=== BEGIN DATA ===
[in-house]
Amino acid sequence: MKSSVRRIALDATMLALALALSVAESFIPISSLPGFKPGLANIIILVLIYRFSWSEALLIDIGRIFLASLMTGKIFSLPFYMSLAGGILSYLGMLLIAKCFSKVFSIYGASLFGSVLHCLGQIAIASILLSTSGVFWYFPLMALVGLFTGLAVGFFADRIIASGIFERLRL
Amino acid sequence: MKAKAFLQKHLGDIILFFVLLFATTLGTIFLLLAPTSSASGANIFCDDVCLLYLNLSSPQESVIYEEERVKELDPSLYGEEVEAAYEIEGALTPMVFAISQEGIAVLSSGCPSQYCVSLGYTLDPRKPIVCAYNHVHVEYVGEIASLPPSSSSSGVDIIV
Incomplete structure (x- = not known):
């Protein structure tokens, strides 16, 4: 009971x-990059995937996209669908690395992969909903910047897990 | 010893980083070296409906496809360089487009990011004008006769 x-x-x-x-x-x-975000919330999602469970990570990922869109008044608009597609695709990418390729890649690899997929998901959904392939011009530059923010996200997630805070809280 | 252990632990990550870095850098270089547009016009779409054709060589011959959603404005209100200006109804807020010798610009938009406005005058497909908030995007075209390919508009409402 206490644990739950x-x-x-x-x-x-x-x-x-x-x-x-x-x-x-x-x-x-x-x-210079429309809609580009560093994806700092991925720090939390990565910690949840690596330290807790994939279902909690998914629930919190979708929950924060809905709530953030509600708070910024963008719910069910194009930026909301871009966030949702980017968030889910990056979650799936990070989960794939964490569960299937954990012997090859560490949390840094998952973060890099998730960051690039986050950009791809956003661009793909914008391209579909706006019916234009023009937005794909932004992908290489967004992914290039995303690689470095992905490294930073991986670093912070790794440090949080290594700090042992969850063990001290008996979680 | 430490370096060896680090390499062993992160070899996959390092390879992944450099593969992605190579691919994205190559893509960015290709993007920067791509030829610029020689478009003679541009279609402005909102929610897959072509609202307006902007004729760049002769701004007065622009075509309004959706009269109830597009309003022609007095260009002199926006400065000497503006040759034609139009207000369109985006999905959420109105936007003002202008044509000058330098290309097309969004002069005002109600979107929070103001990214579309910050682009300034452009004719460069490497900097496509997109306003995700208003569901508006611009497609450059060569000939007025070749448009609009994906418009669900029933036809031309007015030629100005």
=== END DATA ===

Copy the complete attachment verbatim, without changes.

[in-house]
Amino acid sequence: MKSSVRRIALDATMLALALALSVAESFIPISSLPGFKPGLANIIILVLIYRFSWSEALLIDIGRIFLASLMTGKIFSLPFYMSLAGGILSYLGMLLIAKCFSKVFSIYGASLFGSVLHCLGQIAIASILLSTSGVFWYFPLMALVGLFTGLAVGFFADRIIASGIFERLRL
Amino acid sequence: MKAKAFLQKHLGDIILFFVLLFATTLGTIFLLLAPTSSASGANIFCDDVCLLYLNLSSPQESVIYEEERVKELDPSLYGEEVEAAYEIEGALTPMVFAISQEGIAVLSSGCPSQYCVSLGYTLDPRKPIVCAYNHVHVEYVGEIASLPPSSSSSGVDIIV
Incomplete structure (x- = not known):
């Protein structure tokens, strides 16, 4: 009971x-990059995937996209669908690395992969909903910047897990 | 010893980083070296409906496809360089487009990011004008006769 x-x-x-x-x-x-975000919330999602469970990570990922869109008044608009597609695709990418390729890649690899997929998901959904392939011009530059923010996200997630805070809280 | 252990632990990550870095850098270089547009016009779409054709060589011959959603404005209100200006109804807020010798610009938009406005005058497909908030995007075209390919508009409402 206490644990739950x-x-x-x-x-x-x-x-x-x-x-x-x-x-x-x-x-x-x-x-210079429309809609580009560093994806700092991925720090939390990565910690949840690596330290807790994939279902909690998914629930919190979708929950924060809905709530953030509600708070910024963008719910069910194009930026909301871009966030949702980017968030889910990056979650799936990070989960794939964490569960299937954990012997090859560490949390840094998952973060890099998730960051690039986050950009791809956003661009793909914008391209579909706006019916234009023009937005794909932004992908290489967004992914290039995303690689470095992905490294930073991986670093912070790794440090949080290594700090042992969850063990001290008996979680 | 430490370096060896680090390499062993992160070899996959390092390879992944450099593969992605190579691919994205190559893509960015290709993007920067791509030829610029020689478009003679541009279609402005909102929610897959072509609202307006902007004729760049002769701004007065622009075509309004959706009269109830597009309003022609007095260009002199926006400065000497503006040759034609139009207000369109985006999905959420109105936007003002202008044509000058330098290309097309969004002069005002109600979107929070103001990214579309910050682009300034452009004719460069490497900097496509997109306003995700208003569901508006611009497609450059060569000939007025070749448009609009994906418009669900029933036809031309007015030629100005």